In December 2017, the Fiji Ministry of Fisheries and Forests unilaterally placed a ban on the export of live rock and coral. This move shocked the aquarium industry, as the abrupt shift in legislation appeared to be unprompted and came without warning. Here, we share updates on the latest developments.
What Prompted the Ban
Since Fiji’s aquaculture industry provides hundreds of jobs and is beneficial to the economy, the ban on live coral exports came as a surprise. Fiji is home to an incredible array of coral species, so the change in regulation was a blow to both exporters and importers.
The Fiji Ministry of Fisheries and Forests (FMFF) chose to implement the ban due to conservation concerns, but did not consult outside experts before making the change. While environmentalists and reef enthusiasts certainly have an interest in protecting our world’s natural wonders, banning the export of live coral is a detriment to reef protection. Not only does coral farming spread awareness and appreciation for these incredible ecosystems, it also provides economic incentive for citizens to protect their reefs. Although Fiji was attempting to discourage irresponsible collection of wild colonies and destruction of reef systems, the blanket ban made no exceptions for communities where sustainable coral farming was an integral part of the economy.
About the Policy Reversal
The wild and farmed coral export prohibition caused swift outrage from the community, and Walt Smith International joined the fight to lobby the ministry for a reversal of the ban. Walt Smith immediately jumped into action facilitating meetings with the FMFF, and approximately 70 days after its implementation, the ban was lifted.
The FMFF halted the harvest of wild corals to promote ethical aquaculture, but the governing body was unaware that this practice is already widespread and growing. The Aquaculture Development (ADE) for the Environment Project (ADE) was in existence prior to the ban, but Walt Smith International brought this sustainability project to the attention of the FMFF. ADE aims to promote sustainable farming of coral to aid in the restoration of existing reefs, and this approach has a significant positive impact on the reefs of Fiji. The ADE Project was instrumental in changing the perception of coral exports by the FMFF, and tax-deductible donations are still being accepted by this nonprofit organization. Thanks to the work of Walt Smith International and the ADE Project, coral exporters are back in business and ready to meet the new quotas.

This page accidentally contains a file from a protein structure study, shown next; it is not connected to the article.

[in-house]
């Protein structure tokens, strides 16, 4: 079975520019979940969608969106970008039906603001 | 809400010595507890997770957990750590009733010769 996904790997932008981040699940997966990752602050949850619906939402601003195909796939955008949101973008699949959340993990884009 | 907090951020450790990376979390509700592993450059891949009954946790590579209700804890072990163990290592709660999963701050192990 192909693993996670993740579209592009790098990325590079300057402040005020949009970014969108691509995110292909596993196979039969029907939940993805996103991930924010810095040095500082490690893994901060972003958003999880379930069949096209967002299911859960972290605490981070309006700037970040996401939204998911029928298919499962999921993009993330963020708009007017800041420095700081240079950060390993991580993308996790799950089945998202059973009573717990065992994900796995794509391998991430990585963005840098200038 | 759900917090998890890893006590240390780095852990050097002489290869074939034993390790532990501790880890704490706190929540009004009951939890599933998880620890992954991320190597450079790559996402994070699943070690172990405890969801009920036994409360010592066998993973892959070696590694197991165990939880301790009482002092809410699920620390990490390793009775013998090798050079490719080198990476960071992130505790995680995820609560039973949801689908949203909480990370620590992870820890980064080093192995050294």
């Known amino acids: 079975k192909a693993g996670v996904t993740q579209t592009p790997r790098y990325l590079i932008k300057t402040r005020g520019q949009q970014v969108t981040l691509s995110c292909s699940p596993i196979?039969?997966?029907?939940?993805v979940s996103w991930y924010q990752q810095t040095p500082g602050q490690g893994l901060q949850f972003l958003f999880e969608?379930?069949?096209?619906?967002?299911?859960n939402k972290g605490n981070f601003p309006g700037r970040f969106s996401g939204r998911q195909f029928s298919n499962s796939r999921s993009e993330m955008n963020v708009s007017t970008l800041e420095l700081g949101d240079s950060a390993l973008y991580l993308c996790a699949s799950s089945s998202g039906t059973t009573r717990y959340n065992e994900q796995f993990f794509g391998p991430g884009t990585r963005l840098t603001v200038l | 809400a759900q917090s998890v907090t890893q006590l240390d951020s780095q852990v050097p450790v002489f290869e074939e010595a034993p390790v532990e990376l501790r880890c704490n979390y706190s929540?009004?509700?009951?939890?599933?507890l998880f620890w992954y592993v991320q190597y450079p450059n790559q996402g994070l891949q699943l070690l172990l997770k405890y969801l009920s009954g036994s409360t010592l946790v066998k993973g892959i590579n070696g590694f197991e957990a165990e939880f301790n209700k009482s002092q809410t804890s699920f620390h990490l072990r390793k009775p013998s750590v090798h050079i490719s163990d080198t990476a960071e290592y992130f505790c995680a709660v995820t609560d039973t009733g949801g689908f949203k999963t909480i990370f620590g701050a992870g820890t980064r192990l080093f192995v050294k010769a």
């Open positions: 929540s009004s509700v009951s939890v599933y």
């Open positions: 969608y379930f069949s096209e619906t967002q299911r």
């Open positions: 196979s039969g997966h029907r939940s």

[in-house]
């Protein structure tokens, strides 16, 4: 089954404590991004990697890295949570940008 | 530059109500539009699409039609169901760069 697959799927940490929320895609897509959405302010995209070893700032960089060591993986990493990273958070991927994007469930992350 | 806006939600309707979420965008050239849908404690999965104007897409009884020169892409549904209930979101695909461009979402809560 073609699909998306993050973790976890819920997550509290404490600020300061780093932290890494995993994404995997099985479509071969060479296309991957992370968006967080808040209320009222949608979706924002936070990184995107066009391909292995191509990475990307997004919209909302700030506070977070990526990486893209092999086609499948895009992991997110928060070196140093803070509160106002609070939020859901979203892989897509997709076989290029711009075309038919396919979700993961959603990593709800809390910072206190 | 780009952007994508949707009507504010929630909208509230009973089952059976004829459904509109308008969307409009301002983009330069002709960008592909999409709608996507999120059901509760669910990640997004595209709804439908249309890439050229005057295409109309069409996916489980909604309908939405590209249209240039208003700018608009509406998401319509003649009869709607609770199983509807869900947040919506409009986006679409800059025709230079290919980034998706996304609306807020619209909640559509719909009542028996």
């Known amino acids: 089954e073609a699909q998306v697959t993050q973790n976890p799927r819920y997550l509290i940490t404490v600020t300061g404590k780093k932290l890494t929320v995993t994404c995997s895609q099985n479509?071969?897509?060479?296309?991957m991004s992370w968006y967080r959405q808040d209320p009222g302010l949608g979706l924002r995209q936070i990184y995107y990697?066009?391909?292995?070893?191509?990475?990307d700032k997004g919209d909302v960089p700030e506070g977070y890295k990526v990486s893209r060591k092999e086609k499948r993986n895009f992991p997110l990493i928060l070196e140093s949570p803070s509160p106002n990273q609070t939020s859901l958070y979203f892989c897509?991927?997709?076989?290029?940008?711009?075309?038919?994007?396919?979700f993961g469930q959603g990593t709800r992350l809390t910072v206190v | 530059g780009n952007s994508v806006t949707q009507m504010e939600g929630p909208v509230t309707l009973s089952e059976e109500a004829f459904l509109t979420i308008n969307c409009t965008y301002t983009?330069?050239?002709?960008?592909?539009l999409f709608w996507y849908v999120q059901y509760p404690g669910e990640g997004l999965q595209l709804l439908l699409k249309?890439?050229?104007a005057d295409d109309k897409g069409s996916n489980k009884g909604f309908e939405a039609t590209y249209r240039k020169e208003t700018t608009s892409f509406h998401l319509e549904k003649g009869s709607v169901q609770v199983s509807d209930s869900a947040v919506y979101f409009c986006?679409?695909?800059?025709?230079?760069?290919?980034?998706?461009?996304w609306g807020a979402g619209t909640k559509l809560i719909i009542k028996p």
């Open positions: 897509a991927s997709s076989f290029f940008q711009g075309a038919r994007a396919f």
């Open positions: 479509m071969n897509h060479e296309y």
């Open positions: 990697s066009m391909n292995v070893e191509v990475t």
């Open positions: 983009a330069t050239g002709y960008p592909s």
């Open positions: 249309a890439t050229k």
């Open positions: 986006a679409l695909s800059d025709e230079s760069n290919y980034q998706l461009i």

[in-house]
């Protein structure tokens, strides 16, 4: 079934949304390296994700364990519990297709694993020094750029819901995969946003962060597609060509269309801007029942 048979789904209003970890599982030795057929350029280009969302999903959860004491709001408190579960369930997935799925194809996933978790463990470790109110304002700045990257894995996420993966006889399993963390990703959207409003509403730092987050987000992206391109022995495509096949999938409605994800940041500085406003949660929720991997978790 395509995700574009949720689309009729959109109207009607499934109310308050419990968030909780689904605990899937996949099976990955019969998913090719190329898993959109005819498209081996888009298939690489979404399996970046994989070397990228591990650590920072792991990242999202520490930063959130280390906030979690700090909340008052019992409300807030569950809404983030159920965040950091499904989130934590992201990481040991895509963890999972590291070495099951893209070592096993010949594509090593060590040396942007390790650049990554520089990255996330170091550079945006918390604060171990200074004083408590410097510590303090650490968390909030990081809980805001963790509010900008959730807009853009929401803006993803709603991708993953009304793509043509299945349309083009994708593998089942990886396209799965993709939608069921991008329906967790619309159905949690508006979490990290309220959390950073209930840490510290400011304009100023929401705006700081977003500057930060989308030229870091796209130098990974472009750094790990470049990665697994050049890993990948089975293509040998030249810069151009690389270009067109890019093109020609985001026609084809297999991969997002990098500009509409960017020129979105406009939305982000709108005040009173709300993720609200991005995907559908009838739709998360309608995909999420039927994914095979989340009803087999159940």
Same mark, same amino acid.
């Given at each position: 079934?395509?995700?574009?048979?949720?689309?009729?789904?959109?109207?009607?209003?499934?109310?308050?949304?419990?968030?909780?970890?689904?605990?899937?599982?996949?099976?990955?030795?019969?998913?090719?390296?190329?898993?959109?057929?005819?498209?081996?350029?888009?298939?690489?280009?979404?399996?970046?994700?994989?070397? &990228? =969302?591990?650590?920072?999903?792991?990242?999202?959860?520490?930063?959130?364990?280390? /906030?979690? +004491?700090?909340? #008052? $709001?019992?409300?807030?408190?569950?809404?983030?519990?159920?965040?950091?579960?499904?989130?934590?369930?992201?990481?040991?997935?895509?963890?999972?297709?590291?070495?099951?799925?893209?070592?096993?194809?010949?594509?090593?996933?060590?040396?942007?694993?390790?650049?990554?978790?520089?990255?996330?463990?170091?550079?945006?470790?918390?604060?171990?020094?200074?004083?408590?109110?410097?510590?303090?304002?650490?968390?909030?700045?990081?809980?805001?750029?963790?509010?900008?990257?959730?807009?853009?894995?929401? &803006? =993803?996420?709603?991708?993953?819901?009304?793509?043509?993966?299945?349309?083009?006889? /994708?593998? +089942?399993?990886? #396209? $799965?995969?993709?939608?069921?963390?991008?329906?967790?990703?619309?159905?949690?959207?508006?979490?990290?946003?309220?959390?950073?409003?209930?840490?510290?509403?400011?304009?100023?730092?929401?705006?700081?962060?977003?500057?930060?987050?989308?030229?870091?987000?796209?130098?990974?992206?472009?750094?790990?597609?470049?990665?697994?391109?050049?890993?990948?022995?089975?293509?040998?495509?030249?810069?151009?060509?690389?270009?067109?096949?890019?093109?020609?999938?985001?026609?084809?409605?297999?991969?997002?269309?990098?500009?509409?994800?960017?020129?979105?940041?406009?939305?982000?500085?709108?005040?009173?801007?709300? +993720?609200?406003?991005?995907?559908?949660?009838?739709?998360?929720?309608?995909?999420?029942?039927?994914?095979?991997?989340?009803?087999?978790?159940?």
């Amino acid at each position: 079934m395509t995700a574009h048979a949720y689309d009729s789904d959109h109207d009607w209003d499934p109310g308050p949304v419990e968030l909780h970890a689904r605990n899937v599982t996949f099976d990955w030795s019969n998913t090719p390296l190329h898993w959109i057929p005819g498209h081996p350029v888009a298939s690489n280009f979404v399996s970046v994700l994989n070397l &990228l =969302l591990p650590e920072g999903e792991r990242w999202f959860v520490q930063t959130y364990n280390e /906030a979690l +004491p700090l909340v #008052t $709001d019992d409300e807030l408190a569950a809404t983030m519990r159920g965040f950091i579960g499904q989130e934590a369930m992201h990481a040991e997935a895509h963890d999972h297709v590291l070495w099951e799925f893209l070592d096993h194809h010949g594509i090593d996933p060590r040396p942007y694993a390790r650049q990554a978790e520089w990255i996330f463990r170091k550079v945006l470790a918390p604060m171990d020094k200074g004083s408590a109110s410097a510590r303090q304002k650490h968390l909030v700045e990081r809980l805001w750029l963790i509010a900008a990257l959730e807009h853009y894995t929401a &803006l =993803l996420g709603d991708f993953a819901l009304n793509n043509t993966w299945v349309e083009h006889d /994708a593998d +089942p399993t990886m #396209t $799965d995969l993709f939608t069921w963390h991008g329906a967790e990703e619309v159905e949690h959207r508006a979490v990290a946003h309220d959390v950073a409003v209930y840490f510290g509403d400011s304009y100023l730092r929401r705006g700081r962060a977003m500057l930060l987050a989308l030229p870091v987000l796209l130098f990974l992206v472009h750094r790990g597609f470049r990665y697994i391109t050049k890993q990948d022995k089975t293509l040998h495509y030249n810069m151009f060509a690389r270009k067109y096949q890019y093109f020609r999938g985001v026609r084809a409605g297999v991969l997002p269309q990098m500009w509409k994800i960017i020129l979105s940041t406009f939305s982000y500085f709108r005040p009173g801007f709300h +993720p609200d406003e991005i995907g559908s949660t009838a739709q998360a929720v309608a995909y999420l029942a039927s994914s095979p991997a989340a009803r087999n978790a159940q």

Walt Smith International and ADE were instrumental in reversing Fiji’s export ban on live coral. Sustainable farming methods are necessary to ensure the long-term viability of live coral, and farmed coral can play a significant role in restoring existing local reefs. If you’d like to join the movement and start or improve your own reef, you’ll need the right equipment to help your livestock flourish. We offer two generations of reef lighting systems, and our products are designed with high-quality materials to last for years to come. Each of our lighting systems comes with a three-year warranty, so you can feel confident that your investment will go the distance. To learn more about our products, please browse our inventory online.